Because some types of eczema are triggered by a woman's menstrual cycle, progesterone is sometimes part of the treatment plan. Many women complain of worsening acne and water retention during the menstrual cycle, but a few actually have autoimmune progesterone dermatitis (APD) a condition in which the menstrual cycle is associated with an number of skin conditions such as urticaria, eczema and others.
In affected women, the flare-ups typically occur three to ten days prior to the menstrual flow and they generally resolve two days after menstruation begins. Women with irregular menses may not have a correlation that is this clear and that can make autoimmune progesterone eczema more difficult to diagnose.
Because of the association between the menstrual cycle and eczema, progesterone creams and supplements are often used to treat the condition. Most women prefer to use supplements and creams that contain natural forms of progesterone. The amount and type of progesterone may vary from woman to woman. The regimen is closely associated with a woman's monthly hormonal changes.
In addition to hormonal changes, food allergies can play a big role in eczema. Women who suffer from autoimmune progesterone eczema should be very aware of foods that aggravate their condition and avoid those foods altogether two weeks before menstrual flow begins.
Women who suffer from this skin condition should be extremely diligent about keeping the skin moisturized, especially in the week preceding their period. Frequent moisturizing locks in the skin's own moisture to prevent dryness and cracking. One of the best ways to lock in moisture is to apply moisturizers immediately after bathing. It is also important to avoid irritating the skin by using harsh soaps or body sponges.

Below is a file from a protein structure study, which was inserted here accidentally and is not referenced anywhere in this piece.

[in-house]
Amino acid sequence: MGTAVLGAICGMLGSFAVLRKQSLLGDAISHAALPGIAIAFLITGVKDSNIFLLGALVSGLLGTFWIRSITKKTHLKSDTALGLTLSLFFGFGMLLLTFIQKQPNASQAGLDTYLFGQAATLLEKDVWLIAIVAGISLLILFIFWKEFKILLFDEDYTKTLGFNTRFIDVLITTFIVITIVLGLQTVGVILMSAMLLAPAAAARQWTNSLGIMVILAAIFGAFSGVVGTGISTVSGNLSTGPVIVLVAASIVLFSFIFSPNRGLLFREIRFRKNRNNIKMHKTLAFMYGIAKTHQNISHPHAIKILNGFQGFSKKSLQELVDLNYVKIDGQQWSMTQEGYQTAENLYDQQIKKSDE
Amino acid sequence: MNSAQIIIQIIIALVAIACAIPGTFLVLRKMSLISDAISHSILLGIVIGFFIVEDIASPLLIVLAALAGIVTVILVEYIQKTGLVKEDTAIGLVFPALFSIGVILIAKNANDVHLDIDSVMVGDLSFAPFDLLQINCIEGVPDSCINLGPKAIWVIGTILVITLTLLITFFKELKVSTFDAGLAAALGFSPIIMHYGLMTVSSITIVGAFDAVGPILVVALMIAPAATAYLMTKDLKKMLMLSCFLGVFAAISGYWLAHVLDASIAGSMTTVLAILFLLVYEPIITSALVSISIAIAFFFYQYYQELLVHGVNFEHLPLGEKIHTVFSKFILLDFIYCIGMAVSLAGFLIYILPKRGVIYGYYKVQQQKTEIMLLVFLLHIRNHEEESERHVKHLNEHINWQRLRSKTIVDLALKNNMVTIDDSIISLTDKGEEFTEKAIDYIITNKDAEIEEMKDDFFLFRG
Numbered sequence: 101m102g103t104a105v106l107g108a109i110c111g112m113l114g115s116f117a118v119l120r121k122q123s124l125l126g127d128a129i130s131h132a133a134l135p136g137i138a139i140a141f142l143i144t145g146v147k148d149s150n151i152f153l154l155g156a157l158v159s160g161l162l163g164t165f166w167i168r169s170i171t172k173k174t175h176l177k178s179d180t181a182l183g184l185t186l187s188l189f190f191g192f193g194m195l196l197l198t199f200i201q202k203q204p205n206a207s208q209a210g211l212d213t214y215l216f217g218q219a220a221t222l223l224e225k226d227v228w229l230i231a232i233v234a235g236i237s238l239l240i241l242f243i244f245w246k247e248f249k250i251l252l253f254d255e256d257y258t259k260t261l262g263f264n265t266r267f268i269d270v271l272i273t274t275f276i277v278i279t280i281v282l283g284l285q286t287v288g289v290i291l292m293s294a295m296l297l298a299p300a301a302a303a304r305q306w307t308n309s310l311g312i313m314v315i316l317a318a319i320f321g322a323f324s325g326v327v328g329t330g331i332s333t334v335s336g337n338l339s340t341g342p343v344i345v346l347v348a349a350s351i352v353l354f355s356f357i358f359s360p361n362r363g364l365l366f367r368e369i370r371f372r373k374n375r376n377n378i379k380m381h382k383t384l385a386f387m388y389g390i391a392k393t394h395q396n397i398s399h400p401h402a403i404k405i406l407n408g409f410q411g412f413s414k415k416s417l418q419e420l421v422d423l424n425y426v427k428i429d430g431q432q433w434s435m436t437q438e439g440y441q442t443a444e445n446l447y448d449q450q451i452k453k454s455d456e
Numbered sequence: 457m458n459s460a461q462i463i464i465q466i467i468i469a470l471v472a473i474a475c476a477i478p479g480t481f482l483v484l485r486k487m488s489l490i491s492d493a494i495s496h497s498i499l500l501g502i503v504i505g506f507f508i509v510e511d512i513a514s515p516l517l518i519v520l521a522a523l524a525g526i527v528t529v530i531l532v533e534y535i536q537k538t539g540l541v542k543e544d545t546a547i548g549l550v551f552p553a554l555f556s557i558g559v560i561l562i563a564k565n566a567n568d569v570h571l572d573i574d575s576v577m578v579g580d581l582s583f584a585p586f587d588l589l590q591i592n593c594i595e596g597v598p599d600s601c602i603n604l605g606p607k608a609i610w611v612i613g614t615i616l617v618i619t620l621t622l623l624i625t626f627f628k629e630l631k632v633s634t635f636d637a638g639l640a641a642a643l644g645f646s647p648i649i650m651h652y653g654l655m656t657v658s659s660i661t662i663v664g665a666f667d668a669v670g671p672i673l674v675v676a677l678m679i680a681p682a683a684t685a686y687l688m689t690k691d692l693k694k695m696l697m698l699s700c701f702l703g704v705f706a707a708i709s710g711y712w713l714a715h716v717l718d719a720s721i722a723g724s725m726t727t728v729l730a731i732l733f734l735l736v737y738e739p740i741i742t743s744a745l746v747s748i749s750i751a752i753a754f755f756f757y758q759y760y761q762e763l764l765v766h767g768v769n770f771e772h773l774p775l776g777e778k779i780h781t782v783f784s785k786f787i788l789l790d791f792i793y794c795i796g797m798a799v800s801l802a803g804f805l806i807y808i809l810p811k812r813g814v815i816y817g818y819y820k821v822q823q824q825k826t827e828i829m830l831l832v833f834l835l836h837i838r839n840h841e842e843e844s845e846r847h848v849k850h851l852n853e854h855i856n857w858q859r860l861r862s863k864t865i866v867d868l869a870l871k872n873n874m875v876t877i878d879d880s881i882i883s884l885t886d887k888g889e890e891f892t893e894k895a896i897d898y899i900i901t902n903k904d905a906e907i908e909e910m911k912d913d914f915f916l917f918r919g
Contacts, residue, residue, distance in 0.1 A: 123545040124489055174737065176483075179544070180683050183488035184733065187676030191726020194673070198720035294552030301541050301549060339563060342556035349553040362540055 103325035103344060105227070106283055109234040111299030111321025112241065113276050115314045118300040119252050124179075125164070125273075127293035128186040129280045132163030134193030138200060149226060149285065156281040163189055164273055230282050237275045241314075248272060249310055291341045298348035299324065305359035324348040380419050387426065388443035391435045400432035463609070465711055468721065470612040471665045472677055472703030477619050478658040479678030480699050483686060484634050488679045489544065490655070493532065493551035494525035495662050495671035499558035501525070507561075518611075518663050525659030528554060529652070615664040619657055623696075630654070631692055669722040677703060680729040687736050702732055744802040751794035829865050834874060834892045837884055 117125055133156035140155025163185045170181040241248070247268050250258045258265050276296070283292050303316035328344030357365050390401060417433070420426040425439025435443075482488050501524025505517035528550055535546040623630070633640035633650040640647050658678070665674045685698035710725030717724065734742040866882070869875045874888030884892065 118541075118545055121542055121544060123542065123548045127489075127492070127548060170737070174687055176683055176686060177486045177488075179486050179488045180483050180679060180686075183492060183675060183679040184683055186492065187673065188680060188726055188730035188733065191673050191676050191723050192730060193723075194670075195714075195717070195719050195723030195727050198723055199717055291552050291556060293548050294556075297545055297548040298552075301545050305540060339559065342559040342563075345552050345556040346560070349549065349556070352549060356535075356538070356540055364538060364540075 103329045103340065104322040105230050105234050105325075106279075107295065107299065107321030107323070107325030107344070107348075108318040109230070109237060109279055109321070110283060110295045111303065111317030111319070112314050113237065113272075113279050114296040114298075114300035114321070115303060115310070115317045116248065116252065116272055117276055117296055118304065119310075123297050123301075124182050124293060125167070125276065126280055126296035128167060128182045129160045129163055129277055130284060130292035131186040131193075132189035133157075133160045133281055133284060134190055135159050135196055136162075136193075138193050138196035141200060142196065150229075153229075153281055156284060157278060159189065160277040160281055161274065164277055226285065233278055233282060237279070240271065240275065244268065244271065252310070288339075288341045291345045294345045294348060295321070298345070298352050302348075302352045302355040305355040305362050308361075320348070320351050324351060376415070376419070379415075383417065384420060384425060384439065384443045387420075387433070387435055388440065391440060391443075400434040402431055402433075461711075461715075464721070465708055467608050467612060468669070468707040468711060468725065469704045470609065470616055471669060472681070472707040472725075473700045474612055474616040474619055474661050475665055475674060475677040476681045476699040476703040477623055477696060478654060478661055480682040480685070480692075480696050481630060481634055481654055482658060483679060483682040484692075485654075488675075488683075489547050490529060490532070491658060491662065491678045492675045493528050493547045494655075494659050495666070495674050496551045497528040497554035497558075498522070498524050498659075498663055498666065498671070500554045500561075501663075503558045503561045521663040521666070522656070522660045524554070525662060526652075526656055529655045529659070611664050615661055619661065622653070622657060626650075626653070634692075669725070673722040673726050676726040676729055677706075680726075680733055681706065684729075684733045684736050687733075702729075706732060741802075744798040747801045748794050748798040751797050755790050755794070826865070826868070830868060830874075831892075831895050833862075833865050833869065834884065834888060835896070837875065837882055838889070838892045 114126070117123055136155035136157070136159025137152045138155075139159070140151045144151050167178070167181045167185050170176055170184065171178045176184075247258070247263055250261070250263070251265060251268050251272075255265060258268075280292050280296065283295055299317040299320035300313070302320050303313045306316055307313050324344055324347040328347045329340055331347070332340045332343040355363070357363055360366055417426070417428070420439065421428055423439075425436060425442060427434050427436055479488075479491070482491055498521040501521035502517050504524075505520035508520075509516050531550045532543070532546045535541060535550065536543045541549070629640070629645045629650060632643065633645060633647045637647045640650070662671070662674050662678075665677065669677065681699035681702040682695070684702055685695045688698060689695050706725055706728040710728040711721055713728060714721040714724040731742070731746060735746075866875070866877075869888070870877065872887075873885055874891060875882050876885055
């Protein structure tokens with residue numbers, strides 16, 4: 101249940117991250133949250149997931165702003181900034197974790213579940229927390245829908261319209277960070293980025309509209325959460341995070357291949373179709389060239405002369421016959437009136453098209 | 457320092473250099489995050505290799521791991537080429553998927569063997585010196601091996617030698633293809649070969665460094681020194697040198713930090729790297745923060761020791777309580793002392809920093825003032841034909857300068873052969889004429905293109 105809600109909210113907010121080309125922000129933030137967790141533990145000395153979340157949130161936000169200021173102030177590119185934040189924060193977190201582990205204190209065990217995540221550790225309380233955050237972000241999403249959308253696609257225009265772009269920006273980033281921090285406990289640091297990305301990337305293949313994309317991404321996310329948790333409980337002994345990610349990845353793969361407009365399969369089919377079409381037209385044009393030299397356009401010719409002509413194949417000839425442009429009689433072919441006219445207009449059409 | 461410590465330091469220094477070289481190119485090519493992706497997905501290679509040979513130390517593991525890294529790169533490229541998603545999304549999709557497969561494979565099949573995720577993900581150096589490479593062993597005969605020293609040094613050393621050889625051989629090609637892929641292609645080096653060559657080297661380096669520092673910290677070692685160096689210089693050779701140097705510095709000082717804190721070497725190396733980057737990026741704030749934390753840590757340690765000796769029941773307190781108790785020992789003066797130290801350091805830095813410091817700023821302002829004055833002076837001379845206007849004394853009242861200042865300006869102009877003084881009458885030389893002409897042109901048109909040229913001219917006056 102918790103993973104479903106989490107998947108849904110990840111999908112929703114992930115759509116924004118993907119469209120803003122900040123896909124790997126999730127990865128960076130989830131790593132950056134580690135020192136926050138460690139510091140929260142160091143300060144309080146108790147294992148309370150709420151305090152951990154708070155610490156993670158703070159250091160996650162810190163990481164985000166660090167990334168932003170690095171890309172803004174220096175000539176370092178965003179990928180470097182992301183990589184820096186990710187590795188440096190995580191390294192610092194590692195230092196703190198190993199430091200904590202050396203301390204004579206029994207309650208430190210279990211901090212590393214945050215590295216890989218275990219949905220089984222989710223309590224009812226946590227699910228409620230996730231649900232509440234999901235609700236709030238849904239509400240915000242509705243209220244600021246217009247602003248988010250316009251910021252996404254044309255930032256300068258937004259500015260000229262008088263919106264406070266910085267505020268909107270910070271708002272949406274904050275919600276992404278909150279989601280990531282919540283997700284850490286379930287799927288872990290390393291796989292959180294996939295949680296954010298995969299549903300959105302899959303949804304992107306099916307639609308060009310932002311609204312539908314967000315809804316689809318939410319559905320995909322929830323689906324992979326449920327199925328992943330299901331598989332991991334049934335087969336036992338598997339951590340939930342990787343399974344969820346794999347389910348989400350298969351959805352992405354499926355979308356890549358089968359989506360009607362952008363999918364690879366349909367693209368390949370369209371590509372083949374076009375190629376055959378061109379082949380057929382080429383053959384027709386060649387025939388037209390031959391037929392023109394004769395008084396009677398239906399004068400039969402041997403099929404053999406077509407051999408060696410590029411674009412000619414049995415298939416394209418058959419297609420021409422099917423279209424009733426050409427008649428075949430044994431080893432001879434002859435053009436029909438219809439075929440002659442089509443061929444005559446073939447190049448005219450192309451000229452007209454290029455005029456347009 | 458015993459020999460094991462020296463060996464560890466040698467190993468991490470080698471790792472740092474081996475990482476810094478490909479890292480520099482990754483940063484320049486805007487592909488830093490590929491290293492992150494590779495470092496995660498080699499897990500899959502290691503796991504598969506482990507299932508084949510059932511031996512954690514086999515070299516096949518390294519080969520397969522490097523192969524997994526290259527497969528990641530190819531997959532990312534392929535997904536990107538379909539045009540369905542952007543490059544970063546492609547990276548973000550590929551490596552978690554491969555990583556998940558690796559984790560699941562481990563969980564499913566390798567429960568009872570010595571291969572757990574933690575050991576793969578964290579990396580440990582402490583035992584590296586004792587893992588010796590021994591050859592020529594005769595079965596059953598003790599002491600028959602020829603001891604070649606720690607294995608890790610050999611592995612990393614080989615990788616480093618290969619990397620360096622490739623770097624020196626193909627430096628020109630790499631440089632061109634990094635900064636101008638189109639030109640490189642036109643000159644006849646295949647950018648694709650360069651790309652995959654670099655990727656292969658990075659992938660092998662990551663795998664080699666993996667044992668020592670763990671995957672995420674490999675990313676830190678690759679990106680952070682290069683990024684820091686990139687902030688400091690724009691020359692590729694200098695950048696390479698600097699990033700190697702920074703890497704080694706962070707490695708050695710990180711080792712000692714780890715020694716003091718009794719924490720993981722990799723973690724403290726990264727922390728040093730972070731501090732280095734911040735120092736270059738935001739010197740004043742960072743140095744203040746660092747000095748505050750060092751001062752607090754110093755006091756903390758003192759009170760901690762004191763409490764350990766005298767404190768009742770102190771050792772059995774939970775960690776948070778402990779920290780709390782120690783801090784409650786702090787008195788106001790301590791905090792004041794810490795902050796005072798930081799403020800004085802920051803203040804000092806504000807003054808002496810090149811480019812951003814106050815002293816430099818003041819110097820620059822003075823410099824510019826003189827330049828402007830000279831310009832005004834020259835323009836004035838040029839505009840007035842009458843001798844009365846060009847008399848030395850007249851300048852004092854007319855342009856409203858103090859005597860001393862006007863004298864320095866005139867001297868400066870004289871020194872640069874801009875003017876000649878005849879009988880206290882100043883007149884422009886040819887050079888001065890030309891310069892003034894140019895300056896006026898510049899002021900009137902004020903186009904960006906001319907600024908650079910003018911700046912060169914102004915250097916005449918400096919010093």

Irritants that can aggravate eczema include soaps, bubble baths, perfumes, cosmetic, laundry detergents, household cleaners and certain types of jewelry. Avoid personal care products that contain alcohol. Wash clothes only in hypoallergenic detergents and send them through the rinse cycle twice. Women with autoimmune progesterone eczema should wear clothes made from 100 percent cotton with no synthetic fibers. Bed linens should also be made from 100 percent cotton.
Women who are taking estrogen supplements for menopause symptoms should talk with their physicians before using natural or synthetic progesterone. Progesterone creams may increase the sensitivity of your skin to estrogen receptors. If you are taking progestin, such as Provera, you should stop using it immediately when you begin using progesterone cream. Many types of hormone replacement therapy, especially prescription strength medications, may interact adversely with progesterone.
A qualified holistic practitioner can help you decide if progesterone is the best method for treating your eczema. Autoimmune progesterone eczema has been treated successfully with natural products for many years.